There was nearly 4000 regions. I was pausing this render and resuming maybe 10 times (regions are saved on disk). Lack of electricity power is also not a problem.

Here is direct link to 16,000 x 9,333 render
http://www2.trueart.pl/Products/Plug-Ins/VirtualRender/Graphics/Janusz_Scene_1_16000_9333.jpg
(better save to disk prior watching, web browser might not like half GB image)

spherical
11-14-2014, 09:22 PM
IIn what DPI it should be printed?

300DPI is definitely overkill for an image that will be viewed at any distance greater than 1 meter. The farther away you get, the lower the DPI needs to be. It is an angular diameter measurement that needs to be adhered to. Anything that is smaller than the eye can resolve, no matter what the distance, is a waste of time and resources.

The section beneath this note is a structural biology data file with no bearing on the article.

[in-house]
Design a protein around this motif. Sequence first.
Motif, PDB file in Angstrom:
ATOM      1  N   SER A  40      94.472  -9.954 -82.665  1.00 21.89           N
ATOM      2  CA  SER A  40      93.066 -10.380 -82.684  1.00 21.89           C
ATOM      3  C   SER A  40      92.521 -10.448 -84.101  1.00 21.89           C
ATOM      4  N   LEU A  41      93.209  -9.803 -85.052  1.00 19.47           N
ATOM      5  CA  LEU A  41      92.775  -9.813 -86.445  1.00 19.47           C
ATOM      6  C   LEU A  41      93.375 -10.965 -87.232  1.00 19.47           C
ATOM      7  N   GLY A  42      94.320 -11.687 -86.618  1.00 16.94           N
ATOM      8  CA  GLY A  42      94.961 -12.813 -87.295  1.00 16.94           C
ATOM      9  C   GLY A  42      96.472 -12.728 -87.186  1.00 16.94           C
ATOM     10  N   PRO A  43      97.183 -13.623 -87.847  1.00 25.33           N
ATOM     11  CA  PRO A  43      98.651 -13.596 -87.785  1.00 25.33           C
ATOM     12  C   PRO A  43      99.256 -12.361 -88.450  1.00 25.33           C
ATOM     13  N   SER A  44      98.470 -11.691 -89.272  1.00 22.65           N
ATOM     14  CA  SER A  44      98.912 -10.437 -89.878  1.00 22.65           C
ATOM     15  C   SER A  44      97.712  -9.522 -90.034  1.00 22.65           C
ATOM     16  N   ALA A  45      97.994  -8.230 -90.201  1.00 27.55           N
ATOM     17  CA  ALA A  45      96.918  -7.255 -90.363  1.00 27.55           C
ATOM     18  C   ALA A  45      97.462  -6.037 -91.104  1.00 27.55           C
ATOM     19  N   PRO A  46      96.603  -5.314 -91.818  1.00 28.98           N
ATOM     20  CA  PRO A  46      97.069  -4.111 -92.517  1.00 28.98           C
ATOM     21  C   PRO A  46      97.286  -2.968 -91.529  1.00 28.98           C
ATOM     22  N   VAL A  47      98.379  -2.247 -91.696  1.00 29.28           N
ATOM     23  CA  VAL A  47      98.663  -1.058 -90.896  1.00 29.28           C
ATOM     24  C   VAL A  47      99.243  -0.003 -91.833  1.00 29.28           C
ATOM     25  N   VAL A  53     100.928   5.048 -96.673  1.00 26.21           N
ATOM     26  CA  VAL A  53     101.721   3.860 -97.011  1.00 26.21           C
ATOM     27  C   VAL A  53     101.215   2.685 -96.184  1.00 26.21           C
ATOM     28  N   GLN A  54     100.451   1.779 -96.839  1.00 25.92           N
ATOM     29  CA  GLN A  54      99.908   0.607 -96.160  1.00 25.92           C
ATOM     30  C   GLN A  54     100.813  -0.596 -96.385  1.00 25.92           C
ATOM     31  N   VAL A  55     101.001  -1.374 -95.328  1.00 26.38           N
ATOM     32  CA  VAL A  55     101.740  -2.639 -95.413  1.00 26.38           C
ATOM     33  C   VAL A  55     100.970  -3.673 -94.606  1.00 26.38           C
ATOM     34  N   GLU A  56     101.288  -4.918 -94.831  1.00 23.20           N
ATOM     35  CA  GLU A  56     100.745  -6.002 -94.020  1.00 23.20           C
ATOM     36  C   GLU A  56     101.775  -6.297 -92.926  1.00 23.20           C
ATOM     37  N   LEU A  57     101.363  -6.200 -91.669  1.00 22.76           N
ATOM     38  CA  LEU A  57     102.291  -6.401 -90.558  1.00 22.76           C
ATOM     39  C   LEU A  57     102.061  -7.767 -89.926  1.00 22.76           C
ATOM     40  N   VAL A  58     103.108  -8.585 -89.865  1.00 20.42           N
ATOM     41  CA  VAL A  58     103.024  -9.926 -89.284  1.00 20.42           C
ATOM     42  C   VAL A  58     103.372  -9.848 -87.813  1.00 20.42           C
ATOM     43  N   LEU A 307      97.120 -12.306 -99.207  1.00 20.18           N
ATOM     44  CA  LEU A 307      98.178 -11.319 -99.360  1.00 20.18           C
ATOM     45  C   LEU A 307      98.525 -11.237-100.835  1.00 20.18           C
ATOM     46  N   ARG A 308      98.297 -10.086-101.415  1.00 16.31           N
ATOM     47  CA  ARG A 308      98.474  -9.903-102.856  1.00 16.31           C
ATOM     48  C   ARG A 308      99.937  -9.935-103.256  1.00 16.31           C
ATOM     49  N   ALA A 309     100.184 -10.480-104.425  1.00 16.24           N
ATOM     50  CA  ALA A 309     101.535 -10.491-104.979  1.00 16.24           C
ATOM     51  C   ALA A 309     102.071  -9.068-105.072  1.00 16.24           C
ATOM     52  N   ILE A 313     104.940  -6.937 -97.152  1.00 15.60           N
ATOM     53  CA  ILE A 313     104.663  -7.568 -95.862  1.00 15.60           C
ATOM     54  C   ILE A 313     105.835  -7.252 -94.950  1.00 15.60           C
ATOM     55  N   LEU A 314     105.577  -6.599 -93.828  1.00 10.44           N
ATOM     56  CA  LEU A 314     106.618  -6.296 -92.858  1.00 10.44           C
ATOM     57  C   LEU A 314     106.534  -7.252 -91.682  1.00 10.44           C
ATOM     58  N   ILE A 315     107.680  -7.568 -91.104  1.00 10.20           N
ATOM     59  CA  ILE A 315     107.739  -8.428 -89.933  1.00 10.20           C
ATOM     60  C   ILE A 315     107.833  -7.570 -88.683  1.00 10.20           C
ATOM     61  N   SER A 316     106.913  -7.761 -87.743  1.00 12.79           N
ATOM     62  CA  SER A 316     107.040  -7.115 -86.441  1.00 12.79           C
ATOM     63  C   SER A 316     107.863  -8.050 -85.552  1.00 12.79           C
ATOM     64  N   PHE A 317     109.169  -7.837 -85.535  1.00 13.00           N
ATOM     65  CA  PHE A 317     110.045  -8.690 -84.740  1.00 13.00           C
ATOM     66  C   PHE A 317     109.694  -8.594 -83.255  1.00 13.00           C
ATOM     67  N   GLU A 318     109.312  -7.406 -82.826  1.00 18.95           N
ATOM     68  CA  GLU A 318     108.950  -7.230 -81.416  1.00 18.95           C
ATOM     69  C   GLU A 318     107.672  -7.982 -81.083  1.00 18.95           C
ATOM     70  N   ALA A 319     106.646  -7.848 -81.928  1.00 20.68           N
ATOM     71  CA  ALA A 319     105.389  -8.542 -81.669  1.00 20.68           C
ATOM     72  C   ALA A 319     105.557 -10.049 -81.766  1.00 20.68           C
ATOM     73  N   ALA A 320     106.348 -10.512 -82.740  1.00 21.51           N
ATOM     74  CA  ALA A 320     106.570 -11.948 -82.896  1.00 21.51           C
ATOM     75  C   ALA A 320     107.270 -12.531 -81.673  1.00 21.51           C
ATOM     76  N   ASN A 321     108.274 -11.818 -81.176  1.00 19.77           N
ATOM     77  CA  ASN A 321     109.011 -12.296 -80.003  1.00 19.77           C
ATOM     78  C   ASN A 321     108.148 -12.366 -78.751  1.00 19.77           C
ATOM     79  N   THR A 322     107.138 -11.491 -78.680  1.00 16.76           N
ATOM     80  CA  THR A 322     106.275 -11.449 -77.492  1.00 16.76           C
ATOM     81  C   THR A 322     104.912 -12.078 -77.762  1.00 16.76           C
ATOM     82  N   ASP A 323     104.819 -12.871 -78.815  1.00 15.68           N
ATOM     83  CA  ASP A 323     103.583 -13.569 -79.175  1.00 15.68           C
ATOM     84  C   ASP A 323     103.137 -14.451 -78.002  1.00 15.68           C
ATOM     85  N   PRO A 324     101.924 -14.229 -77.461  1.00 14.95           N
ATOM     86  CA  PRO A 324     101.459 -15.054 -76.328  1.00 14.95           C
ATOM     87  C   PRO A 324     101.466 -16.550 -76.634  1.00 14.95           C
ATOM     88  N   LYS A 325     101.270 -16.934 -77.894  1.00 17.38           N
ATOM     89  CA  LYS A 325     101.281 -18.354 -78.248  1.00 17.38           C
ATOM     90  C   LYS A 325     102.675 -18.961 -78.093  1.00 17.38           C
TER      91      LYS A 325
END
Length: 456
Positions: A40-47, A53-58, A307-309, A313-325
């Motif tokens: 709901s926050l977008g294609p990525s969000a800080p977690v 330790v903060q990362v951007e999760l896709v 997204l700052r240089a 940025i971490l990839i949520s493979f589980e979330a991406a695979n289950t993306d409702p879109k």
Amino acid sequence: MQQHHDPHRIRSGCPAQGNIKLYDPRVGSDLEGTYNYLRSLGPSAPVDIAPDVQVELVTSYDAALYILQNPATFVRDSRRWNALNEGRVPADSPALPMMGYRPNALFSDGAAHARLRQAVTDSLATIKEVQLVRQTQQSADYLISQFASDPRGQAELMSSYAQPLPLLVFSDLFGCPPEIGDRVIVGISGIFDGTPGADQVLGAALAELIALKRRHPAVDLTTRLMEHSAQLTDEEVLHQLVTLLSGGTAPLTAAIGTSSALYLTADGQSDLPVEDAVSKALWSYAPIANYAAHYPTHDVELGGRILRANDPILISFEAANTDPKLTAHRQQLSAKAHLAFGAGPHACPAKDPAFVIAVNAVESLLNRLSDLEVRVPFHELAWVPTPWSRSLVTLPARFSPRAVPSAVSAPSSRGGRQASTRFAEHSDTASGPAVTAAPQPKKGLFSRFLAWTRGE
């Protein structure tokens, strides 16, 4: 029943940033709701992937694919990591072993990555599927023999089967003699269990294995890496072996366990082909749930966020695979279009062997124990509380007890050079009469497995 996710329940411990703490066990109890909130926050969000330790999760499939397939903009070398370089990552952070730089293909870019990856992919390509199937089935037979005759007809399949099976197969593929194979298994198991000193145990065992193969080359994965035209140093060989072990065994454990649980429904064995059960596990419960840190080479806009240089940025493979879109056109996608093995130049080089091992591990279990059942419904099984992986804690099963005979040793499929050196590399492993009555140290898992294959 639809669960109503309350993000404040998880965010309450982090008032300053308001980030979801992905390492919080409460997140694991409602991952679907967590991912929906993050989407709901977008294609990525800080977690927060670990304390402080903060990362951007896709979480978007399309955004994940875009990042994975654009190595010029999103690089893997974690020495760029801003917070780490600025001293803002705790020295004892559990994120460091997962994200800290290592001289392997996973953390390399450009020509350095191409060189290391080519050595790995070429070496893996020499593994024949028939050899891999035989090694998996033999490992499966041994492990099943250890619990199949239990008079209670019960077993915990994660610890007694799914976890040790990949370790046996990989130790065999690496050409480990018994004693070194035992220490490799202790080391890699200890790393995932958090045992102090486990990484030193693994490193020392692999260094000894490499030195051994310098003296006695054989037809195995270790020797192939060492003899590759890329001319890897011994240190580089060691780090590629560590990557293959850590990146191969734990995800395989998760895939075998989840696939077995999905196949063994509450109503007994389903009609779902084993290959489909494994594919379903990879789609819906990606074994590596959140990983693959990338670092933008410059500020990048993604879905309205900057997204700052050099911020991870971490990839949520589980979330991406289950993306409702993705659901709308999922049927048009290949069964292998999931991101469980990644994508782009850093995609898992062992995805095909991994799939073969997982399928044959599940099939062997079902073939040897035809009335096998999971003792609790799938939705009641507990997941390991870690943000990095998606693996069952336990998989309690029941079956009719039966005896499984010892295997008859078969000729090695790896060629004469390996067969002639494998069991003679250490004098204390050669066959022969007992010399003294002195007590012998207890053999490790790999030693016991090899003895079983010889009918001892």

Depending upon the viewing distance, as low as 80DPI is sufficient. 120DPI-150DPI is a safe bet. Current wide format inkjet printers do an amazing job at "rezzing up" a low rez image.

IOW, you examine a print at .3m, you need some finer detail. Examine that same print at 3m and you need way less detail in order for the image to appear to be "sharp". Examine it at 30m, and you need far less—even scaled up. The eye can only resolve to a finite limit. Anything smaller than that, without optical aids, is useless. Great if you can get closer but usually in the case of billboards or trade show backdrops, it doesn't matter if the detail is there or not.

BeeVee
11-17-2014, 01:43 AM
I worked on a motorway billboard image back in the 90s. It was 48' wide by 14' high. It was quite a tough render to do, even at only 16 dpi (9216x2688 pixels)

B